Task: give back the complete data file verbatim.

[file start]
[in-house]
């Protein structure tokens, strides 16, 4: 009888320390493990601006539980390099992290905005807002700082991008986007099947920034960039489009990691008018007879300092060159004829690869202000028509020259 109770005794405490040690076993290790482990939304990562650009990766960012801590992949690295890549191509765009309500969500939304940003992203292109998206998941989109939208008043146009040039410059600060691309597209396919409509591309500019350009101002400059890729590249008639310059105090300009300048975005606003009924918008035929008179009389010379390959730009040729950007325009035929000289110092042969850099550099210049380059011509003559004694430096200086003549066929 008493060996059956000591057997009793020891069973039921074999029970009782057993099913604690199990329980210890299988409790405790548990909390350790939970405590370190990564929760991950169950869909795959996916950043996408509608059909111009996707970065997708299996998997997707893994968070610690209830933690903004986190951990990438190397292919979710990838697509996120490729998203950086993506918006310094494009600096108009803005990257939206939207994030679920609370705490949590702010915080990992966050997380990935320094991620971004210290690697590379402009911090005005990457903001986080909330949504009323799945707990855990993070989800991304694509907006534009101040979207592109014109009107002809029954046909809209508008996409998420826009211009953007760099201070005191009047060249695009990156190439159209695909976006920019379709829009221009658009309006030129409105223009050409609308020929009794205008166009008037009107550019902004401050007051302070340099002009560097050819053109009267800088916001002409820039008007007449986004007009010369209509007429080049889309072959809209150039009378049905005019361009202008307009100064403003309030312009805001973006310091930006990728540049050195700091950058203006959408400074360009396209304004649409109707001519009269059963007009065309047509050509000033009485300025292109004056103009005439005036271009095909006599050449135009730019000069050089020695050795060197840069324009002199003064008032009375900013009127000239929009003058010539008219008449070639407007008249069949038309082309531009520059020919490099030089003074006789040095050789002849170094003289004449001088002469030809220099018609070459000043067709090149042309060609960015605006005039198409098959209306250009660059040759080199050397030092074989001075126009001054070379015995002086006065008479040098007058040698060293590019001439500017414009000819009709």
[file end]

[in-house]
């Protein structure tokens, strides 16, 4: 009888320390493990601006539980390099992290905005807002700082991008986007099947920034960039489009990691008018007879300092060159004829690869202000028509020259 109770005794405490040690076993290790482990939304990562650009990766960012801590992949690295890549191509765009309500969500939304940003992203292109998206998941989109939208008043146009040039410059600060691309597209396919409509591309500019350009101002400059890729590249008639310059105090300009300048975005606003009924918008035929008179009389010379390959730009040729950007325009035929000289110092042969850099550099210049380059011509003559004694430096200086003549066929 008493060996059956000591057997009793020891069973039921074999029970009782057993099913604690199990329980210890299988409790405790548990909390350790939970405590370190990564929760991950169950869909795959996916950043996408509608059909111009996707970065997708299996998997997707893994968070610690209830933690903004986190951990990438190397292919979710990838697509996120490729998203950086993506918006310094494009600096108009803005990257939206939207994030679920609370705490949590702010915080990992966050997380990935320094991620971004210290690697590379402009911090005005990457903001986080909330949504009323799945707990855990993070989800991304694509907006534009101040979207592109014109009107002809029954046909809209508008996409998420826009211009953007760099201070005191009047060249695009990156190439159209695909976006920019379709829009221009658009309006030129409105223009050409609308020929009794205008166009008037009107550019902004401050007051302070340099002009560097050819053109009267800088916001002409820039008007007449986004007009010369209509007429080049889309072959809209150039009378049905005019361009202008307009100064403003309030312009805001973006310091930006990728540049050195700091950058203006959408400074360009396209304004649409109707001519009269059963007009065309047509050509000033009485300025292109004056103009005439005036271009095909006599050449135009730019000069050089020695050795060197840069324009002199003064008032009375900013009127000239929009003058010539008219008449070639407007008249069949038309082309531009520059020919490099030089003074006789040095050789002849170094003289004449001088002469030809220099018609070459000043067709090149042309060609960015605006005039198409098959209306250009660059040759080199050397030092074989001075126009001054070379015995002086006065008479040098007058040698060293590019001439500017414009000819009709």